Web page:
Book Review: Dr. No
Book Reviewed by Robert Fleming
“…a hilarious, fantastic satire of our times and culture.” —Robert Fleming
Bestselling author Percival Everett is a literary alchemist with his new blockbuster, Dr. No. Like most authors of his quality, he has dazzled readers with his ability to blend established genres and assume various fictional characters to the limit.
On the heels of an extensive award-winning career, including a Pulitzer- finalist nomination and a lifetime achievement award from the National Book Critics Circle, Everett is having his time in the publishing limelight. This latest novel, Dr. No, comes after two critically- acclaimed books of complex themes and intricate plotting, The Trees and the Pulitzer Prize finaist Telephone. Dr. No stretches the boundaries of conventional storytelling, adding a large measure of knee-slapping comedy and penetrating insights.
Like any superb word wizard, Everett, the 65-year-old English professor at University of Southern California, can twist a plot to his liking, produce a rabbit out of thin air, providing a fitting, thrilling conclusion to his mysteries. As the author said, concerning his versatility: “If I can make you believe it, then it’s fair game. I’ve been called a Southern writer, a western writer, an experimental writer, a mystery writer, and I find it all kind of silly. I write fiction.”
In Dr. No, Everett brings his surrealist flair to a reimagined James Bond mash-up of Dr. No and Goldfinger, where the themes of foul play, political mayhem, race and media, crime and punishment, philosophical satire, and the mystery of life and death. Enter Wala Kitu, a math professor who specializes in the theory of nothingness. His foe is worthy of Ian Fleming’s muses, upcoming villain John Sill, who enlists Kitu’s aid to break into Ft. Knox to steal a shoebox containing nothing. Once Sill does the nothing caper, he wants to transform a Massachusetts town into nothingness. Everett takes the rich Sill to stops like Miami, Corsica, D.C. and finally Kentucky in a madcap saga full of belly laughs.
Joining Wala Kitu is his loyal one-legged bulldog, Trigo, and his faithful math department sidekick, Eigen. a woman whose shoes doesn’t match. Following Sill’s offer of $3 million to Kitu to help him, the villain-wannabe tells the professor that he is being watched and that his house is electrically swept every other day. He also brags that he stole the real Mona Lisa and that the painting at the Louvre is a fake.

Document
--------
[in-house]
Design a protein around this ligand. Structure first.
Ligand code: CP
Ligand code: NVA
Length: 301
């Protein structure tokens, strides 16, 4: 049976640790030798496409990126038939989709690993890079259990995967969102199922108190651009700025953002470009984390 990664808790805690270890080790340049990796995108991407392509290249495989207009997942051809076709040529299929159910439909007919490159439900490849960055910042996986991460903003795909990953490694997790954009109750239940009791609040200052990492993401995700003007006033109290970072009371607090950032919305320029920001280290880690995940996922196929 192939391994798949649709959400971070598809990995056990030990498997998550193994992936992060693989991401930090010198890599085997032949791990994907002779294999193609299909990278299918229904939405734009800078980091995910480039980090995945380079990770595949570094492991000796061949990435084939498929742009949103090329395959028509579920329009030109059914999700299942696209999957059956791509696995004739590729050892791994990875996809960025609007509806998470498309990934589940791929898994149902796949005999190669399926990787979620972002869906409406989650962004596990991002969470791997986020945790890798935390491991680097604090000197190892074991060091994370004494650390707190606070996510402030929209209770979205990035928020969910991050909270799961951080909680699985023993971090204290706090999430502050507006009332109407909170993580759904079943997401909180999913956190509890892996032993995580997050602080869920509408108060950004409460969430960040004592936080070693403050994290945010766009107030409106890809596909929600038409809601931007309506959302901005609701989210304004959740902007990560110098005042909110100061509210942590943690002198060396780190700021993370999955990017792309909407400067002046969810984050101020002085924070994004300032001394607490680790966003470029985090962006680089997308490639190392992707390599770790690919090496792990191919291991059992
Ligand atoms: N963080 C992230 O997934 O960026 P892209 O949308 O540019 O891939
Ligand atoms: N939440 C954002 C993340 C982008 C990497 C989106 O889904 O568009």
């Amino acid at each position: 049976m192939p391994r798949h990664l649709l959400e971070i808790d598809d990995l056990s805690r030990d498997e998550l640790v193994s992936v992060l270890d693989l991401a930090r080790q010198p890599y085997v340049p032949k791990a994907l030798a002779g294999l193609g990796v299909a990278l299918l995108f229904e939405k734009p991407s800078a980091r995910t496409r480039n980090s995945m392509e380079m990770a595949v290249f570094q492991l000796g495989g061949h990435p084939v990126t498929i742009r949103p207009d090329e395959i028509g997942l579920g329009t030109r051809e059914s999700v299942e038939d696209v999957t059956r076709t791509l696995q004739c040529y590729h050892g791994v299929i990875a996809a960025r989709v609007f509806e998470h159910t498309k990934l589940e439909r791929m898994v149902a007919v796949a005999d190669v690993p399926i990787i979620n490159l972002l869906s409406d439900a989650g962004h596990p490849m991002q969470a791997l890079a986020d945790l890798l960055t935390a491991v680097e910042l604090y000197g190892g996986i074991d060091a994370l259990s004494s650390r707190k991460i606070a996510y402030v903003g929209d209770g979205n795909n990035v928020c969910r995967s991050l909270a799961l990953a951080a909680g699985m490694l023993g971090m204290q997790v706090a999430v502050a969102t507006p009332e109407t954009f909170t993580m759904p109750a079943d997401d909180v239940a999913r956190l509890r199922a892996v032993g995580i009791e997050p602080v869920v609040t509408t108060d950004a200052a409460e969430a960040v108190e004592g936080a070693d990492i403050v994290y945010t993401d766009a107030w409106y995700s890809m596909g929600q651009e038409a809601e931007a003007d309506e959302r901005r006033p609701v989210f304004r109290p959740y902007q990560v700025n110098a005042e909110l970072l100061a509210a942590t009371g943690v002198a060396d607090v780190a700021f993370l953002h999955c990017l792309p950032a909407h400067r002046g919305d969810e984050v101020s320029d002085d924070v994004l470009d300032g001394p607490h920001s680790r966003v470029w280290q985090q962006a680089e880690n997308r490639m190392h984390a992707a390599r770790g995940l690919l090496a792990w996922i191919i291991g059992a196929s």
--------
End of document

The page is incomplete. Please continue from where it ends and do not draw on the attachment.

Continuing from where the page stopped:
Everett’s sardonic style incorporates tips learned from Robert Coover, Ishmael Reed, Zora Neale Hurston, Chester Himes, Samuel Butler, and Mark Twain. The combination of trendy cultural mythology and experiments with style, content, and character propel the reader through some unknown territory. There’s even some Richard Pryor and Mantan Moreland in the text too. As other Everett novels do, Dr. No portrays the false bottom of the global media and the icons it flashes before us. The author acknowledges its products can be quite tasty and attractive, but when it goes down it is devoid of vitamins and nourishment. When the Ft. Knox caper unravels in hilarious snippets the reader is satisfied, but many questions remain. As it should be.
As Everett said in a recent interview, he spoke about bringing smiles to the readers. “Humor is a fantastic tool because you can use it to get people to relax and then do anything you want to them.”
There are funny bits and pieces along the way. Kitu dreams that his dog can talk and Sill’s pilot, Gloria believes Agostino Aguedo, is a ghost after falling through the floor into a shark pool. Sill’s fave omelets are made from gulls’ eggs. He also thinks the vice president is “a valet in arms, the official Ed McMahon and the Secret Service detail assigned to him are just mall cops with dark glasses.” And everyone is under surveillance “with a satellite with a telescope as powerful as the Hubble, with a range strong enough to spot a pimple on a chihuahua’s ass at night.”
Supposedly Everett’s agent told him that the writer could make a lot of money if he wrote the same book over and over again. Readers are glad that he didn’t listen to the man. Upon the publication of this latest book, the Everett cult grows, and waits for his next fresh, outsider volume of wisecracks, quips, smirks, and valuable insider knowledge. Forget Seinfeld and his stale gospel of nothing. In Dr. No, you will find the real thing.